Think of your breath as an anchor. No matter what is happening around you, no mat­ter how busy you are, no matter who surrounds you, you can always find your breath. It is a stable and secure part of you.

You breathe when you sleep and when you dream. You also breathe when you meditate. Breath is the life force that keeps your body and mind aware and healthy.

See also 5 Kid-Friendly Animal Poses to Introduce Children to Yoga

Step No. 3: Teach Kids This Breathing Meditation

Find a comfortable, quiet place. You can do this meditation anywhere and at any time. Turn off all devices and the television so that you are not distracted. This will last only one minute—you can do it!

Sit comfortably. If you feel OK doing so, close your eyes. If you prefer to keep your eyes open, that is okay, too. Take a deep breath in through your nose. Breathe in deeply so that your lungs fill up.

As you breathe in, feel how your stomach goes out. Pause for just one second. And now breathe out, blowing out slowly from your mouth.

On your next breath in, try to breathe in for three seconds. One. Two. Three. Now, pause for two seconds. One. Two. And breathe out for four seconds. One. Two. Three. Four. Find the rhythm that works best for you. Breathe in. Pause. Breathe out.

After one minute, or once you feel you are done, open your eyes (if they were closed) and say thank you to yourself for giving your brain and body this experience.

If you do this meditation regularly, it will become a habit and it will become a safe, happy time for you. You can always find your breath no matter where you are.

See also 5 Ways to Ground Yourself and Prepare to Teach Kids’ Yoga

Reprinted with permission from JUST BREATHE: Meditation, Mindfulness, Movement, and More © 2018 by Mallika Chopra, Running Press Kids

About the Author
Mallika Chopra is a mom, media entrepreneur, public speaker, and published author. Mallika has taught meditations to thousands of people and enjoys speaking to audiences around the world. This article is adapted from her most recent book: Just Breathe: Meditation, Mindfulness, Movement and More. She is also the author of Living With Intent: My Somewhat Messy Journey to Purpose, Peace and Joy.

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A 5-Minute Meditation to Release Anxiety




Detach from anxiety and come back to the present.

Rina Deshpande shares her quick 5-minute meditation to release anxiety and let go of attachments. 

See also What’s the Difference Between Cultural Appropriation and Cultural Appreciation?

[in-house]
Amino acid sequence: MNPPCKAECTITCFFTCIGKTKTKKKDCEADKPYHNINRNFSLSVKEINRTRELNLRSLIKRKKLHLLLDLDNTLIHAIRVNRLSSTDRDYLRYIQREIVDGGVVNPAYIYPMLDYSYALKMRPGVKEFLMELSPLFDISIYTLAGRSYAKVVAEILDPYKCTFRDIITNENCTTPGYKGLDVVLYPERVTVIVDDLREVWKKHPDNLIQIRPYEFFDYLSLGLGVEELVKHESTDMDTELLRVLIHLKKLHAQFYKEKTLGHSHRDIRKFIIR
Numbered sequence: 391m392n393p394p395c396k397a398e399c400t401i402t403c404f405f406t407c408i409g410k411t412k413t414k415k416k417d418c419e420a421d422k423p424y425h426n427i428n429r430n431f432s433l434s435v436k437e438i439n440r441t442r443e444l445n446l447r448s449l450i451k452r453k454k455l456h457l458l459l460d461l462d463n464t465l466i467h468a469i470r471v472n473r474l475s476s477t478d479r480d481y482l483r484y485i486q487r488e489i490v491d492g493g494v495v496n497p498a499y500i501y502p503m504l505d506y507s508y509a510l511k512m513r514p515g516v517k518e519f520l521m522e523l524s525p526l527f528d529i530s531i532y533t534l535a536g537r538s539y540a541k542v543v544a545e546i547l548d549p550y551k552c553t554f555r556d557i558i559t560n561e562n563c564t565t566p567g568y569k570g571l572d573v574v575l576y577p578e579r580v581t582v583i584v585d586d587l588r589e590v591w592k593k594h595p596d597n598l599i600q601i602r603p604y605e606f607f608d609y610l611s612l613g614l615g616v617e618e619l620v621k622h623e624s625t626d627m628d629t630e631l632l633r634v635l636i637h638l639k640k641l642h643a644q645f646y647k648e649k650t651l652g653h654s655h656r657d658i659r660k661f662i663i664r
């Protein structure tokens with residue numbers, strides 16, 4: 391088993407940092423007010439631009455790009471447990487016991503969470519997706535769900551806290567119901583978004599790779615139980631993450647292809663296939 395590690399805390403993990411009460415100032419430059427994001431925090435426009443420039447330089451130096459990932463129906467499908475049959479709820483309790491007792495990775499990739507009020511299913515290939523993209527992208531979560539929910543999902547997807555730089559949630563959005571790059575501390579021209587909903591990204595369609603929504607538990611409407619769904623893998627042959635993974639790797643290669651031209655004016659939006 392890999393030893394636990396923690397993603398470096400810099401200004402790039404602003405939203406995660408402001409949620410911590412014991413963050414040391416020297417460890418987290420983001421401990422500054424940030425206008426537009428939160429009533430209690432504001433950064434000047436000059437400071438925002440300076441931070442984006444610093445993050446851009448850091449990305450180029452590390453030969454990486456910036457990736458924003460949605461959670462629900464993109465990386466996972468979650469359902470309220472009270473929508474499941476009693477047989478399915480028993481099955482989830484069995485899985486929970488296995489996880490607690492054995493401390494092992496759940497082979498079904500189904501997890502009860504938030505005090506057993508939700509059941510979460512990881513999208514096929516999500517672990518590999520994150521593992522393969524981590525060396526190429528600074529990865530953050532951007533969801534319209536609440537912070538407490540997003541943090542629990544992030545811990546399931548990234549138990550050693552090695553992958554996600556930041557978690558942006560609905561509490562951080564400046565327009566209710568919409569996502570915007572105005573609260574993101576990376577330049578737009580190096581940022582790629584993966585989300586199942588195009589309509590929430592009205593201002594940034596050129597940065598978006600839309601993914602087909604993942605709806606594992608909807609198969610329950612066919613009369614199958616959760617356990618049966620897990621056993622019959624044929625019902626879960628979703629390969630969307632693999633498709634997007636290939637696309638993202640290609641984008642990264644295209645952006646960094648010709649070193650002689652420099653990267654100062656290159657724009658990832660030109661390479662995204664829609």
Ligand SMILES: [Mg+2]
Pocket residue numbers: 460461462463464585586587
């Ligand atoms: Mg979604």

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Yoga Helped Me Face My Fears About Marriage Once and For All




I went to Mexico to rejuvenate, detox, and practice yoga with my boyfriend. Turns out, it would also be where I faced my fears about marriage.

It was a humid sunrise on a quiet, sandy beach in Tulum, Mexico. Despite our previous late-night mezcal tasting beneath the jungle leaves, my longtime boyfriend, Anush, had dragged me out of our tiny thatched-roof cabana at first light.

I adjusted my Beyoncé t-shirt and gray cotton shorts I’d worn to bed as I scanned the horizon. When I turned back to Anush, he was kneeling in the sand, holding a typed love letter and a tourmaline engagement ring.

“Will you marry me?” He asked.

I was so incredulous, I couldn’t speak. Feelings of doubt and darkness coursed through me, even though I’d always imagined a future with him: He was the one person who made me feel seen and cared for and uplifted. Still, I was reluctant to commit.

My parents went through a dramatic and corrosive divorce when I was 13, but the fallout had lasted long after. Most of the great pain in my life has come from marriage—and its ending. Marriage is the thing that has made me most likely to run, and least likely to trust

See also This Guided Meditation Will Inspire You to Live From Your Heart

As I stared at the man I love, these past traumas lit my body from head to toe with alarm bells. How could I marry anyone? But, as I looked at him, I calmed myself down. I silently told myself something I had learned in my yoga and mindfulness practice: Be here now. With that mantra, I slowly came back to the moment. With that mantra, I reminded myself where I was, who I was with—and most importantly, who I am now.

He waited patiently. I started to cry. Finally, I said, “Yes! Yes. Yes. Of course, yes.” He put the ring on my finger, and he held me while I cried. In that moment of “yes,” my world expanded.